Andy Allen is the MasterChef champion for 2012! The former electrician’s improvement throughout the cooking series saw him take out the title over dessert queen Julia Taylor in a challenge-packed grand finale on Wednesday night that culminated with, funnily enough, a dessert: Christine Mansfield's 'Gaytime Goes Nuts.' Andy, 24, stayed under the radar for the first half of the show but came out of his shell towards the end — personality and cooking-wise — and quickly became a favourite of fans and the judges. His close friendship will finals week contestant Ben Milbourne was also one of the series’ highlights. We caught up with Andy yesterday afternoon to talk about the key to his success, how much he’s grown, and what he’d cook to impress a girl.
Congratulations on winning MasterChef! How did you celebrate last night? I know you didn’t have a crazy one.
I probably celebrated during the day, to be honest. We filmed the reveal early in the morning — that was done by about 11. Then we were all in for lockdown at the studio so we had a few drinks and a BBQ, stuff like that. All my family was there, and everyone from the show was there. I ended up going out for about two beers with my mates and called it quits because I knew today was going to be pretty full on.
What do you think was the key to your MasterChef success?
It sounds really weird but my inexperience, I think. I went in there pretty raw. With the judges, the other contestants, and the guest chefs who came in, I would just soak up as much I could from what they would show and demonstrate. That definitely helped me in the end.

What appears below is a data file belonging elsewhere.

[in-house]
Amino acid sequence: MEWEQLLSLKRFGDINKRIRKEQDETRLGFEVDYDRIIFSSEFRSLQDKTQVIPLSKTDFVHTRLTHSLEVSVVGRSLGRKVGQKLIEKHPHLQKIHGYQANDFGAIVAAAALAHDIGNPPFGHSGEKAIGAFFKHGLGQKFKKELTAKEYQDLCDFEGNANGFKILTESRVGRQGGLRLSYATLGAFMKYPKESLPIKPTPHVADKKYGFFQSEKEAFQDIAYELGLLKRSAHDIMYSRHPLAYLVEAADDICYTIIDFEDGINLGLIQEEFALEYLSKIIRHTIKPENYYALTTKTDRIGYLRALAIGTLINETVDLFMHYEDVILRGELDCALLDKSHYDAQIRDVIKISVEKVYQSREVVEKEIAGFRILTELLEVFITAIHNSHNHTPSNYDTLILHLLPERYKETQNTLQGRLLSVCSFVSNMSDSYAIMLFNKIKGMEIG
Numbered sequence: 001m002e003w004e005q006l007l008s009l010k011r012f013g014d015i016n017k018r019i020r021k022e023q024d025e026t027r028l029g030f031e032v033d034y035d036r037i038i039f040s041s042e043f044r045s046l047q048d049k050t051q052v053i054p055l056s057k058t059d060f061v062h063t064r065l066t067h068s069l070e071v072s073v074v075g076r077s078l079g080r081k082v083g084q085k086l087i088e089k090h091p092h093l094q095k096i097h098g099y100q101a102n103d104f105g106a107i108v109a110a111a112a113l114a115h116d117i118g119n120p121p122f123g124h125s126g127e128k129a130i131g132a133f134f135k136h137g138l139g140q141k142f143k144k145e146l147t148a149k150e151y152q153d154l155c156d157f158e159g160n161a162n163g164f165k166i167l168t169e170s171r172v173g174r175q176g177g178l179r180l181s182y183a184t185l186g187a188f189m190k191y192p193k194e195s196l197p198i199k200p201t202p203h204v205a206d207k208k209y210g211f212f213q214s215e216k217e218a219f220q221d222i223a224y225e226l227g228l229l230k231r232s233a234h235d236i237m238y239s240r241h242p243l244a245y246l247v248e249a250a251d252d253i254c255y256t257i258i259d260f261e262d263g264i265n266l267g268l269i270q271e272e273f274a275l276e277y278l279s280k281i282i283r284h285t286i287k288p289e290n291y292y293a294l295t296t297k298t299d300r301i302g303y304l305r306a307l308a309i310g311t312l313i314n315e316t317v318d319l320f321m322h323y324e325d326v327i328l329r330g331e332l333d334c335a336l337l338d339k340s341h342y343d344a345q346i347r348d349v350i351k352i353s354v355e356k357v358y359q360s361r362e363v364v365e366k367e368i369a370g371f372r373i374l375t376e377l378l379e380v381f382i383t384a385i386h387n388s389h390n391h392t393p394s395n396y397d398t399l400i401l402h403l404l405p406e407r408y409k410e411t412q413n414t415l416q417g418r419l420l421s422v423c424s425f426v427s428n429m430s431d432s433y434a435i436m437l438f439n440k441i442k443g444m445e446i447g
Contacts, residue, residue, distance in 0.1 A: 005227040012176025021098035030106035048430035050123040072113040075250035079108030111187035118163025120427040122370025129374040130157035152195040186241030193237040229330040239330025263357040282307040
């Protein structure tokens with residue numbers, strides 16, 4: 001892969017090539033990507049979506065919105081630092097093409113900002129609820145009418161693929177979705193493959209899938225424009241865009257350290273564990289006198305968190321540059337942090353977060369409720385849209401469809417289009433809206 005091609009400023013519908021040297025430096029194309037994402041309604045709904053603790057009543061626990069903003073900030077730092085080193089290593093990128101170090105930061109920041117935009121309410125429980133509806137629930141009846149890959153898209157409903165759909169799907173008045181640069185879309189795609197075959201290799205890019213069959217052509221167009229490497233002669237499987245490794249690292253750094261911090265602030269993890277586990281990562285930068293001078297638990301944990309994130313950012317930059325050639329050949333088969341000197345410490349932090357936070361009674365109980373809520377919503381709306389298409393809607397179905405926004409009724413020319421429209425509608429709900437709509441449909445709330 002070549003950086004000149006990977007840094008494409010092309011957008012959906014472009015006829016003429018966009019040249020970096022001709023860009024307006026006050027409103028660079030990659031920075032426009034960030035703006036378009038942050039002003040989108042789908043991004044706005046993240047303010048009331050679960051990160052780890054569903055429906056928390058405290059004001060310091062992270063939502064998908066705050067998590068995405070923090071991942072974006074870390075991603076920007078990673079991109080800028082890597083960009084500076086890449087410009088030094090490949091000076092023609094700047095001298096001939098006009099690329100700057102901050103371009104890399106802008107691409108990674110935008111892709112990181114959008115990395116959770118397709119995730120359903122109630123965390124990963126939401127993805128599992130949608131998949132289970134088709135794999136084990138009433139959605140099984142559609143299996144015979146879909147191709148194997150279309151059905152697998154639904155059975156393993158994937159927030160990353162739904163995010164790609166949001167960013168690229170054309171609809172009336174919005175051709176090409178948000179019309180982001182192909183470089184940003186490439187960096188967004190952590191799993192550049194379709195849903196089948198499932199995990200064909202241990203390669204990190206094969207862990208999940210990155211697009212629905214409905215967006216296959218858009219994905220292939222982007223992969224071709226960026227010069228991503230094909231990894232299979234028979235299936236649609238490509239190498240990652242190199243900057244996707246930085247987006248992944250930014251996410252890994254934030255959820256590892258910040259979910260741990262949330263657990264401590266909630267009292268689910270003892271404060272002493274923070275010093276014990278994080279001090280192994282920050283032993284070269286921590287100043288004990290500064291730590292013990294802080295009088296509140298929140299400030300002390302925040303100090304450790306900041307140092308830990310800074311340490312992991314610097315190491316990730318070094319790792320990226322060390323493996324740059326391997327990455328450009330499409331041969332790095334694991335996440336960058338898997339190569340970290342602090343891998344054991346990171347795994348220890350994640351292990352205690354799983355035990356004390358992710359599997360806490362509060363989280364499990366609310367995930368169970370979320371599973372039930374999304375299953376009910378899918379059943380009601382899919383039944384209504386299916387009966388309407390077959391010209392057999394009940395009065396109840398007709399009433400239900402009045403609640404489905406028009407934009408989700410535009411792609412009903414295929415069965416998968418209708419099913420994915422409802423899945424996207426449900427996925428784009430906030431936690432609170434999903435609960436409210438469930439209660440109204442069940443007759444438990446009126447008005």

More from Andy when you keep reading.
How confident were you in the grand finale?
Look, I’m not a confident person, especially in the kitchen. I don’t rate myself. I’m pretty modest when I go about my cooking. I never would’ve said I would’ve won at any stage during the competition. I wanted to win, there’s no doubt about that, I’m super competitive, but I would never put my hand up and say, “I’m going to take this thing out.”
With the way you cooked before the competition, I know you’ve said your parents don’t really cook, so was it more just to make sure you were fed or had you always had that passion?
I definitely had that passion, but definitely not to the extent that I needed to be in the competition. Even in the top 100, I’d heard people talking about stuff that I’d never heard of before. From then on I realised that I was going to have to work pretty hard to stay in the competition.
As you did improve so much, which cookbooks did you learn the most from? Which were the most helpful?
I read a lot of Pier — it’s a restaurant in Sydney and I read their book a fair bit. I read Bentley [Bentley: Contemporary Cuisine], which is a restaurant in Surry Hills. And then all I did was basically read books like Surfing the Menu, books that aren’t fine dining, but then I tried to take their recipes and put a spin on them, and recreate them into something that can be considered fine dining.
I asked Ben how your food future together would be affected if you won, and now that it’s a reality, how do you think it will affect it?
I don’t think it will at all, to be honest. Ben and I know that whatever we do, we’re definitely going to try and do it together. We just work so much better and have so much more fun when we’re doing it together. Just because I’ve won, it doesn’t really change anything.
What do you think would’ve happened if you were up against Ben in the grand finale?
Yeah, we said that the other day! I don’t think they would’ve got the emotion-packed drama that they got in the finale. I think we just wouldn’t been pretty stoked to be there. I think no matter what, we would’ve been happy for whoever won. I don’t think it would’ve been full of emotion like it was.
You’ve jumped on board this Mexican food dream with Ben, but how passionate were you about the cuisine?
I didn’t know much about it! It was a very new thing. Newcastle has no Mexican at all. I love it now. I’m super keen to get out after the show to study and hopefully get a trip to Mexico to explore, just further educate myself on it.